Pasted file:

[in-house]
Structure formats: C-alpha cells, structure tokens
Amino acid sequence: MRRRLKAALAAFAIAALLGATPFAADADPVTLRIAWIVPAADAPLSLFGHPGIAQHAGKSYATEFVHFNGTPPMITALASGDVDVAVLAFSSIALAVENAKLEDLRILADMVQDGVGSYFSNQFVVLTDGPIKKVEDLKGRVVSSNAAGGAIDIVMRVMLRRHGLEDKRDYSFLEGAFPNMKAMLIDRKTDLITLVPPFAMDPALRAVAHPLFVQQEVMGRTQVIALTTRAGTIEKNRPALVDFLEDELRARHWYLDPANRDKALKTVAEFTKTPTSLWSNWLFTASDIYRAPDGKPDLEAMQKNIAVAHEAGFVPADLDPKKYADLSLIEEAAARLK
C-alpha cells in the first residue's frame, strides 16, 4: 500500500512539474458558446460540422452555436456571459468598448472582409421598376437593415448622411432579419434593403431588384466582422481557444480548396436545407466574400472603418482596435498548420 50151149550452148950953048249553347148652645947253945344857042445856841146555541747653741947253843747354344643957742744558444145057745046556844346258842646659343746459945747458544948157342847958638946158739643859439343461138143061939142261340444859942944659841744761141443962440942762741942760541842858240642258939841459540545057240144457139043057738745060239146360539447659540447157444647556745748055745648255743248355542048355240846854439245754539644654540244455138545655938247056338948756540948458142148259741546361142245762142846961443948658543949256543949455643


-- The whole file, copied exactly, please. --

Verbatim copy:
[in-house]
Structure formats: C-alpha cells, structure tokens
Amino acid sequence: MRRRLKAALAAFAIAALLGATPFAADADPVTLRIAWIVPAADAPLSLFGHPGIAQHAGKSYATEFVHFNGTPPMITALASGDVDVAVLAFSSIALAVENAKLEDLRILADMVQDGVGSYFSNQFVVLTDGPIKKVEDLKGRVVSSNAAGGAIDIVMRVMLRRHGLEDKRDYSFLEGAFPNMKAMLIDRKTDLITLVPPFAMDPALRAVAHPLFVQQEVMGRTQVIALTTRAGTIEKNRPALVDFLEDELRARHWYLDPANRDKALKTVAEFTKTPTSLWSNWLFTASDIYRAPDGKPDLEAMQKNIAVAHEAGFVPADLDPKKYADLSLIEEAAARLK
C-alpha cells in the first residue's frame, strides 16, 4: 500500500512539474458558446460540422452555436456571459468598448472582409421598376437593415448622411432579419434593403431588384466582422481557444480548396436545407466574400472603418482596435498548420 50151149550452148950953048249553347148652645947253945344857042445856841146555541747653741947253843747354344643957742744558444145057745046556844346258842646659343746459945747458544948157342847958638946158739643859439343461138143061939142261340444859942944659841744761141443962440942762741942760541842858240642258939841459540545057240144457139043057738745060239146360539447659540447157444647556745748055745648255743248355542048355240846854439245754539644654540244455138545655938247056338948756540948458142148259741546361142245762142846961443948658543949256543949455643